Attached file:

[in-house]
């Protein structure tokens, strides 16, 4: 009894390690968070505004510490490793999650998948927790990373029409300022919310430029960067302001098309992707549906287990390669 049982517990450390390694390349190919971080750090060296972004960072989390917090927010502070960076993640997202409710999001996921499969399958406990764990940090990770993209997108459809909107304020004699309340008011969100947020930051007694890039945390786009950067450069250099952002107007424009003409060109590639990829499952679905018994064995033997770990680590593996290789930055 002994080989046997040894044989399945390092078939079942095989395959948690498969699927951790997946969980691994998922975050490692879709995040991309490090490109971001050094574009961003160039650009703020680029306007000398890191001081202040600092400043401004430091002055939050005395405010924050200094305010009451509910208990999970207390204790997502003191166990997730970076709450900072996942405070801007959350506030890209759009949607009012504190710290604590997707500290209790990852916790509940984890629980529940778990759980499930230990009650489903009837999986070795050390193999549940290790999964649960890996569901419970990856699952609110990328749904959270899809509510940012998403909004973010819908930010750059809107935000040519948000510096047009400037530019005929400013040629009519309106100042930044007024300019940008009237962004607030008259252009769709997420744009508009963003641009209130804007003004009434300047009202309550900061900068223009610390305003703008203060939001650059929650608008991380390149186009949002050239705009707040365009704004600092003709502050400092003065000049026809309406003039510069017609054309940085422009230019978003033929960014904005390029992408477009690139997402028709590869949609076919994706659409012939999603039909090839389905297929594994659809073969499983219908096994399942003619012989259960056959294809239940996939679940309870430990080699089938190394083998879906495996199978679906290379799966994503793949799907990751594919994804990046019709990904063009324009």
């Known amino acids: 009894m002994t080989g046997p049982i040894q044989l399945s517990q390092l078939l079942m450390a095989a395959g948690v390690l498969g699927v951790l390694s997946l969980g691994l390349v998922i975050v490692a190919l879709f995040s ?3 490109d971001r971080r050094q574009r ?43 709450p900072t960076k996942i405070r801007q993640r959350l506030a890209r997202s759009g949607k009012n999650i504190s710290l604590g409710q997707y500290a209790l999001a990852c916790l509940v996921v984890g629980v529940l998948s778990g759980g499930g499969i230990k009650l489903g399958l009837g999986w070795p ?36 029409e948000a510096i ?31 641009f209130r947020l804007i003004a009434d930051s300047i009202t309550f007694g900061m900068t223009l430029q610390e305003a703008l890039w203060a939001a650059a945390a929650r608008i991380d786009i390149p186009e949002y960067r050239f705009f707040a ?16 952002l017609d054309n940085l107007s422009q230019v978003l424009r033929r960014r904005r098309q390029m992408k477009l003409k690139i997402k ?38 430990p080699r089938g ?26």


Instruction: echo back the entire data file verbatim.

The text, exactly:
[in-house]
């Protein structure tokens, strides 16, 4: 009894390690968070505004510490490793999650998948927790990373029409300022919310430029960067302001098309992707549906287990390669 049982517990450390390694390349190919971080750090060296972004960072989390917090927010502070960076993640997202409710999001996921499969399958406990764990940090990770993209997108459809909107304020004699309340008011969100947020930051007694890039945390786009950067450069250099952002107007424009003409060109590639990829499952679905018994064995033997770990680590593996290789930055 002994080989046997040894044989399945390092078939079942095989395959948690498969699927951790997946969980691994998922975050490692879709995040991309490090490109971001050094574009961003160039650009703020680029306007000398890191001081202040600092400043401004430091002055939050005395405010924050200094305010009451509910208990999970207390204790997502003191166990997730970076709450900072996942405070801007959350506030890209759009949607009012504190710290604590997707500290209790990852916790509940984890629980529940778990759980499930230990009650489903009837999986070795050390193999549940290790999964649960890996569901419970990856699952609110990328749904959270899809509510940012998403909004973010819908930010750059809107935000040519948000510096047009400037530019005929400013040629009519309106100042930044007024300019940008009237962004607030008259252009769709997420744009508009963003641009209130804007003004009434300047009202309550900061900068223009610390305003703008203060939001650059929650608008991380390149186009949002050239705009707040365009704004600092003709502050400092003065000049026809309406003039510069017609054309940085422009230019978003033929960014904005390029992408477009690139997402028709590869949609076919994706659409012939999603039909090839389905297929594994659809073969499983219908096994399942003619012989259960056959294809239940996939679940309870430990080699089938190394083998879906495996199978679906290379799966994503793949799907990751594919994804990046019709990904063009324009």
């Known amino acids: 009894m002994t080989g046997p049982i040894q044989l399945s517990q390092l078939l079942m450390a095989a395959g948690v390690l498969g699927v951790l390694s997946l969980g691994l390349v998922i975050v490692a190919l879709f995040s ?3 490109d971001r971080r050094q574009r ?43 709450p900072t960076k996942i405070r801007q993640r959350l506030a890209r997202s759009g949607k009012n999650i504190s710290l604590g409710q997707y500290a209790l999001a990852c916790l509940v996921v984890g629980v529940l998948s778990g759980g499930g499969i230990k009650l489903g399958l009837g999986w070795p ?36 029409e948000a510096i ?31 641009f209130r947020l804007i003004a009434d930051s300047i009202t309550f007694g900061m900068t223009l430029q610390e305003a703008l890039w203060a939001a650059a945390a929650r608008i991380d786009i390149p186009e949002y960067r050239f705009f707040a ?16 952002l017609d054309n940085l107007s422009q230019v978003l424009r033929r960014r904005r098309q390029m992408k477009l003409k690139i997402k ?38 430990p080699r089938g ?26």